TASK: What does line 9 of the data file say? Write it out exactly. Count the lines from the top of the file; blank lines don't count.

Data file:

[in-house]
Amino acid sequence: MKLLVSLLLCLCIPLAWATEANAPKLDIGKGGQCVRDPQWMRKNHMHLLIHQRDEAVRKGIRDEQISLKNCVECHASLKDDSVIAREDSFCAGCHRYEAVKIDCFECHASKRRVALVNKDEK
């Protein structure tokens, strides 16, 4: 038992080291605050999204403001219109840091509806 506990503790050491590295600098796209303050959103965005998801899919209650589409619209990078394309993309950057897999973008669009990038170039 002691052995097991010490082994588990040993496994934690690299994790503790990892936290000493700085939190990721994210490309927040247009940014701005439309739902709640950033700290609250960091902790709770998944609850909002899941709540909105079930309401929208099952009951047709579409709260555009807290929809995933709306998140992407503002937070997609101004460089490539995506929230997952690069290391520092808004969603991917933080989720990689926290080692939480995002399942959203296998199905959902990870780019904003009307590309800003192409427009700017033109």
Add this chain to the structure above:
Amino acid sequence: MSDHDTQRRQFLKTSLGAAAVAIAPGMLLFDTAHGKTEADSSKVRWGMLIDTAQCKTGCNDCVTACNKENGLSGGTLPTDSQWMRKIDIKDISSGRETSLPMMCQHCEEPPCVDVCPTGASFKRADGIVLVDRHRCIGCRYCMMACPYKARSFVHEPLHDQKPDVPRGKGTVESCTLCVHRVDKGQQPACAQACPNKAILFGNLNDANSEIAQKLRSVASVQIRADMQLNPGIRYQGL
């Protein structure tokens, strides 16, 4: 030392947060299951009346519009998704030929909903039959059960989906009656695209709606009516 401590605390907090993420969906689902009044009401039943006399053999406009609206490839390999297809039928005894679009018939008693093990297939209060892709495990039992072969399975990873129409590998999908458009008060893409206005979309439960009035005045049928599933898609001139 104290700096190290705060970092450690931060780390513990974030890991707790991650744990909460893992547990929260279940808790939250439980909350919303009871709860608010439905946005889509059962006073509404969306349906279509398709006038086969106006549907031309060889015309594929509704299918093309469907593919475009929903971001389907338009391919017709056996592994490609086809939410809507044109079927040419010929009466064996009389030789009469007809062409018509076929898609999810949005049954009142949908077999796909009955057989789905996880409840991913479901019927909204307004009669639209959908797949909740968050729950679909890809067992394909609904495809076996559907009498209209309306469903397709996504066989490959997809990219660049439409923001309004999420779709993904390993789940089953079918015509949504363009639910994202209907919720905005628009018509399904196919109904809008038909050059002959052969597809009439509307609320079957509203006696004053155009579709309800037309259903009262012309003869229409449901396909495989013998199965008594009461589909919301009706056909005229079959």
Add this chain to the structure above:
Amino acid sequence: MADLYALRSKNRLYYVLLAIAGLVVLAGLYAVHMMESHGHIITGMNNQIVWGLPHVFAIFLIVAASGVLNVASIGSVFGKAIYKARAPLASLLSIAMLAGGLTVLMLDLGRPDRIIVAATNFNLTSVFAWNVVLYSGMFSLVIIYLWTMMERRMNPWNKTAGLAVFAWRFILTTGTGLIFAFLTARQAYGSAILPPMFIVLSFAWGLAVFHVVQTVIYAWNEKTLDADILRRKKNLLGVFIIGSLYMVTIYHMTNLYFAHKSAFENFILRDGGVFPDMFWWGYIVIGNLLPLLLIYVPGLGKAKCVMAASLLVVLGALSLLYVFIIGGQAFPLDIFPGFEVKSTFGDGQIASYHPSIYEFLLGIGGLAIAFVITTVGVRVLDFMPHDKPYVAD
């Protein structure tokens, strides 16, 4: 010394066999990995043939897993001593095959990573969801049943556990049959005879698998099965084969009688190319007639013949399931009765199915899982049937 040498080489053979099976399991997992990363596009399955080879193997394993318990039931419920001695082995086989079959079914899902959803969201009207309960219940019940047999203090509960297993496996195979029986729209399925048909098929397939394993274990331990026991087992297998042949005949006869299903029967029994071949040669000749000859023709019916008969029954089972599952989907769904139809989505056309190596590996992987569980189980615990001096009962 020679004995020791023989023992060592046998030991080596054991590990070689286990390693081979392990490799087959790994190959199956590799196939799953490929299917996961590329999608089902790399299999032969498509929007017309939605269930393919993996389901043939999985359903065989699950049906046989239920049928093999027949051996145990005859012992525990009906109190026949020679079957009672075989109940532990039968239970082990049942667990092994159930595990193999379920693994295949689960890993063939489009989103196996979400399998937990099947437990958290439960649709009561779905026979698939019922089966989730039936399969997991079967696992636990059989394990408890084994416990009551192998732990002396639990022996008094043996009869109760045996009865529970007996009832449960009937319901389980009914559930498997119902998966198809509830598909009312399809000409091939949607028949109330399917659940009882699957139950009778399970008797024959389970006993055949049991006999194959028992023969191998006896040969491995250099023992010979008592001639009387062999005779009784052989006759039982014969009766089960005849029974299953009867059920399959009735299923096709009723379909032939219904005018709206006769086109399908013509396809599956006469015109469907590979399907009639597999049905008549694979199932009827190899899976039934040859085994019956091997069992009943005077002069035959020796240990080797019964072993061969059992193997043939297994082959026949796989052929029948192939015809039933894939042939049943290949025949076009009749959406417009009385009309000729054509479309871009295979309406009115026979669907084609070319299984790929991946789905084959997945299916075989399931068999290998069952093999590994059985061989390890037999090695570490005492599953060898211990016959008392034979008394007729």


């Protein structure tokens, strides 16, 4: 010394066999990995043939897993001593095959990573969801049943556990049959005879698998099965084969009688190319007639013949399931009765199915899982049937 040498080489053979099976399991997992990363596009399955080879193997394993318990039931419920001695082995086989079959079914899902959803969201009207309960219940019940047999203090509960297993496996195979029986729209399925048909098929397939394993274990331990026991087992297998042949005949006869299903029967029994071949040669000749000859023709019916008969029954089972599952989907769904139809989505056309190596590996992987569980189980615990001096009962 020679004995020791023989023992060592046998030991080596054991590990070689286990390693081979392990490799087959790994190959199956590799196939799953490929299917996961590329999608089902790399299999032969498509929007017309939605269930393919993996389901043939999985359903065989699950049906046989239920049928093999027949051996145990005859012992525990009906109190026949020679079957009672075989109940532990039968239970082990049942667990092994159930595990193999379920693994295949689960890993063939489009989103196996979400399998937990099947437990958290439960649709009561779905026979698939019922089966989730039936399969997991079967696992636990059989394990408890084994416990009551192998732990002396639990022996008094043996009869109760045996009865529970007996009832449960009937319901389980009914559930498997119902998966198809509830598909009312399809000409091939949607028949109330399917659940009882699957139950009778399970008797024959389970006993055949049991006999194959028992023969191998006896040969491995250099023992010979008592001639009387062999005779009784052989006759039982014969009766089960005849029974299953009867059920399959009735299923096709009723379909032939219904005018709206006769086109399908013509396809599956006469015109469907590979399907009639597999049905008549694979199932009827190899899976039934040859085994019956091997069992009943005077002069035959020796240990080797019964072993061969059992193997043939297994082959026949796989052929029948192939015809039933894939042939049943290949025949076009009749959406417009009385009309000729054509479309871009295979309406009115026979669907084609070319299984790929991946789905084959997945299916075989399931068999290998069952093999590994059985061989390890037999090695570490005492599953060898211990016959008392034979008394007729």